Governor Walker of Wisconsin just finished his much anticipated news conference. Here is a look at his conservative policies:
He is asking for cuts all across the state government and he is insisting that the teacher’s take their percentage of the pain. Here is his request:
Teachers must pay:
12.8% health insurance
The collective bargaining agreement that the governor seeks to set aside makes it impossible for local governments to review and adjust salaries. With the average collective bargaining agreement taking 15 months, there is no way these adjustments could be made in a timely manner.
Asked about the President’s weighing in on the Wisconsin’s conservative policies and union unrest in Wisconsin the Governor politely and tersely suggested that our President has his hands full balancing the federal budget, and that the President could better spend his time working on those issues.
Finally when asked about the Democrat Senators that left the state the governor said Democracy cannot work when people won’t come to work and debate their differences. He called on the Senators to come to work like all the other state employees did today.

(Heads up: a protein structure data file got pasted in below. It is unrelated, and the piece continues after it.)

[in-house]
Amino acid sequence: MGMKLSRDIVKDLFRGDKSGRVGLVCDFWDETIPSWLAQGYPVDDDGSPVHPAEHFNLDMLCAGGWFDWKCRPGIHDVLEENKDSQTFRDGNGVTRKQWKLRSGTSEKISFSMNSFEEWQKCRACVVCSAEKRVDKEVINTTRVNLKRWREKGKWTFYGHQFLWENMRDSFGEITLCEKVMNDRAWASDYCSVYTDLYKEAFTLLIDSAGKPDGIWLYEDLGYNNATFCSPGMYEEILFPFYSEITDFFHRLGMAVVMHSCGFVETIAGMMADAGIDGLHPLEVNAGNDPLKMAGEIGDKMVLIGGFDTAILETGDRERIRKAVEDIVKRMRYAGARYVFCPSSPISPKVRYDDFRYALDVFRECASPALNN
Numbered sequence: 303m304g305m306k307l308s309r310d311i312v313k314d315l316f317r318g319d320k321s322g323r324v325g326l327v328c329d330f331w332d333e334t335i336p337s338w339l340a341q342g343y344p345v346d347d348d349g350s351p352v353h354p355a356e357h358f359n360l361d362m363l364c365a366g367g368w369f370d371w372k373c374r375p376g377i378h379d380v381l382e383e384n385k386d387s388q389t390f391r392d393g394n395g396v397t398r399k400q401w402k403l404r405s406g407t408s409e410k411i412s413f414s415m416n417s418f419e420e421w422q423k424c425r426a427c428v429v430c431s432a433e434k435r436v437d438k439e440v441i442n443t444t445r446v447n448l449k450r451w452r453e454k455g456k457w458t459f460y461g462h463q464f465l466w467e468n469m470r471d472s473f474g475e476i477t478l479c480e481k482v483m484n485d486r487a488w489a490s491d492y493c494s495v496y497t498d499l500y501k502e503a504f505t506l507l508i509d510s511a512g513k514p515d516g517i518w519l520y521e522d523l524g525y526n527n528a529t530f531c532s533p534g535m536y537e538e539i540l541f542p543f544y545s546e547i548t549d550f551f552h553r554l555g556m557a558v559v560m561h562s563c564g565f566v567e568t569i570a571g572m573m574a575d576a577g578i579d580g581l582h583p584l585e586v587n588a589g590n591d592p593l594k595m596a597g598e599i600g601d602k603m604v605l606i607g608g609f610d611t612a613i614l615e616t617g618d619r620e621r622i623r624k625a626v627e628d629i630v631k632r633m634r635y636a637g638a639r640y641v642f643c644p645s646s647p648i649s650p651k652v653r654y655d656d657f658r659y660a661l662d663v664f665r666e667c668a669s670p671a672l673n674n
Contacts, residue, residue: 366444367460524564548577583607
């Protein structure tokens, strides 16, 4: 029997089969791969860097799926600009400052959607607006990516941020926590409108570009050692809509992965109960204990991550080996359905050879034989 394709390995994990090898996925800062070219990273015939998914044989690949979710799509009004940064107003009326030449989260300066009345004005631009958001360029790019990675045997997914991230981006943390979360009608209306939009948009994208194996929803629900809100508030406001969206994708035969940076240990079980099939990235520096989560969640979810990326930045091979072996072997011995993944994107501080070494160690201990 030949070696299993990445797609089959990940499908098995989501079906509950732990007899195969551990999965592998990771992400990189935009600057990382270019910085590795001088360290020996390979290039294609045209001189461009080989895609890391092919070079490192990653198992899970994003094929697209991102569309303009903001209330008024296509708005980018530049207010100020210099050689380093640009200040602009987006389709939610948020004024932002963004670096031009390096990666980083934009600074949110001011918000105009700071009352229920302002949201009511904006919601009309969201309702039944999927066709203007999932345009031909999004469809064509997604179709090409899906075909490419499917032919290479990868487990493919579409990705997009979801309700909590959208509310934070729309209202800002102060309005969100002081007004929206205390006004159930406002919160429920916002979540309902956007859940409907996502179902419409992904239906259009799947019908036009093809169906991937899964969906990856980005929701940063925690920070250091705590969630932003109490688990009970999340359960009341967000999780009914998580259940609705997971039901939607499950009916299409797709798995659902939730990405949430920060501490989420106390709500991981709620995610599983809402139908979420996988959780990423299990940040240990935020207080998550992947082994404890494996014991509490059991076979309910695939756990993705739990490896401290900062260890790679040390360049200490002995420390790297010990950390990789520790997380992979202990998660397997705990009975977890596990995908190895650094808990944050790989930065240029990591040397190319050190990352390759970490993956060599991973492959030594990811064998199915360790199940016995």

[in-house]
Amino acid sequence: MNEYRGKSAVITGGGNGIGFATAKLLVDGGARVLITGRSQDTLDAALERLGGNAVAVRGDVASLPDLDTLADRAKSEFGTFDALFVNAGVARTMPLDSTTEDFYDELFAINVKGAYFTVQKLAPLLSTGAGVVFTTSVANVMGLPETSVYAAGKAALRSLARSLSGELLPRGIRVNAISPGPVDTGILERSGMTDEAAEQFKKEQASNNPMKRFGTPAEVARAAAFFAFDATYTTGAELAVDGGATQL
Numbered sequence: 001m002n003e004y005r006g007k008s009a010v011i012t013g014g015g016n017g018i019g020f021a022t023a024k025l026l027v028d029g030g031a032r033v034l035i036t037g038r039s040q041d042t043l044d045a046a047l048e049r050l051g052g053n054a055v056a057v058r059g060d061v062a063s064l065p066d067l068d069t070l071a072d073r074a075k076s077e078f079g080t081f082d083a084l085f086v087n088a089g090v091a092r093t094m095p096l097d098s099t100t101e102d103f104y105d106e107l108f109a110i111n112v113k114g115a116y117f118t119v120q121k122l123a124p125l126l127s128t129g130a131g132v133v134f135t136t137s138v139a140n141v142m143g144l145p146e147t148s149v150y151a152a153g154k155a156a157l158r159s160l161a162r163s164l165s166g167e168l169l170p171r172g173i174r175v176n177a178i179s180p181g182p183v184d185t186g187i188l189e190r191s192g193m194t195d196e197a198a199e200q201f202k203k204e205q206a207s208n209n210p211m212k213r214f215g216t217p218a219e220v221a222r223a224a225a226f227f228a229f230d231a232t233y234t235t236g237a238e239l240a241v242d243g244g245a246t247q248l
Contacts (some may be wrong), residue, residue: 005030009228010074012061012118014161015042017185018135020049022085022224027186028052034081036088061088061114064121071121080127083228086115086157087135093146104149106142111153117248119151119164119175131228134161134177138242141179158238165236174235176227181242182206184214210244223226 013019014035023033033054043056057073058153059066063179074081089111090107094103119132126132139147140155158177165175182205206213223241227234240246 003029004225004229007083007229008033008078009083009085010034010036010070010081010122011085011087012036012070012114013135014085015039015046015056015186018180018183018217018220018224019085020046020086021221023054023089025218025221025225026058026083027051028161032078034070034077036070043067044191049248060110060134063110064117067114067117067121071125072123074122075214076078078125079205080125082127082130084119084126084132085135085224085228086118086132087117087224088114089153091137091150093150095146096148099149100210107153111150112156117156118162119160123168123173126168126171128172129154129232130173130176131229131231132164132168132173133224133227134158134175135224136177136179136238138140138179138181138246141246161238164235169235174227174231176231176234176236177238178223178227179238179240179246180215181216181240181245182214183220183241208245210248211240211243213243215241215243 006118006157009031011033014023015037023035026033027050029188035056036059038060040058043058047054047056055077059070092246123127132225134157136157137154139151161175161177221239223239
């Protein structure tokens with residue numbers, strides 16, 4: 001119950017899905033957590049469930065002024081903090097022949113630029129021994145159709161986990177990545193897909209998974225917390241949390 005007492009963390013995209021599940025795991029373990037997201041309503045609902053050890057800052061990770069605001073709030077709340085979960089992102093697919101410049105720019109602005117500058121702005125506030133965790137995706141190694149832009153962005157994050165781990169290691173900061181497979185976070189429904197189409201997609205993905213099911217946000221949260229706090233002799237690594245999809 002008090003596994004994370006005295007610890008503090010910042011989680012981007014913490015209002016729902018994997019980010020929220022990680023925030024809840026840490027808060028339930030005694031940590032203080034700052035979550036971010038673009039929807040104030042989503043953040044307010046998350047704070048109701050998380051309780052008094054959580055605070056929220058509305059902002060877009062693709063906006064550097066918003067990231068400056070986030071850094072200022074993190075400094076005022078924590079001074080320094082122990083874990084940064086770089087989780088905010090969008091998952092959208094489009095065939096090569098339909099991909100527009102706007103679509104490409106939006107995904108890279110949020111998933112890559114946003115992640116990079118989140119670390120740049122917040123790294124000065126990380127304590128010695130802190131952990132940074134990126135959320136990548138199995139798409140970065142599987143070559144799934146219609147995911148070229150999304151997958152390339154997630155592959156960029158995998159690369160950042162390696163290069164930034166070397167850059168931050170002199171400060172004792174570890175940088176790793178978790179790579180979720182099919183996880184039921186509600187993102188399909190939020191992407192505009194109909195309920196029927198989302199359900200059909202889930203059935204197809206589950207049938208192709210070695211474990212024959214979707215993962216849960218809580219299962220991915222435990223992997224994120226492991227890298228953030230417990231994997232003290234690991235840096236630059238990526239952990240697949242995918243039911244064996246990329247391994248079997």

My conservative politics tell me that this is a fair proposal. It is always difficult because with a union contract, negotiations were entered in good faith on both sides, and agreements were made. But out here in the real world lots of folks have lost their pensions and jobs and benefits as factories closed and moved out of the country all across the south. What is the fair thing to do when politicians make promises the taxpayers cannot afford? Is there a middle ground?
The average pay for a Wisconsin teacher from their own website is 20th in the USA so they are not underpaid in some agregious way. Starting pay is $25,222 and the average pay without counting benefits is $46,390. They received a pay raise last year of 4.7% and 21.5% salary increase over 10 years. Many of us have seen our salaries decrease by 10% or more over the same time period, adjusted for inflation, yet we support these rates for others in state government.
Ultimately it comes down to the issue of fairness. we need fairness to those who negotiated in good faith, but we also must see the world as it is. In these days of reduced revenue, we must reduce expenses. For too long, we have spent more than we have taken in in taxes, and we are all in for some pain to make things better. The sooner we realize this unpleasent truth, the more quickly we can begin to recover. let’s all take our medicine and try to get thhis economy moving again. Deficit spending didn’t get it done. Maybe careful and conservative policies will!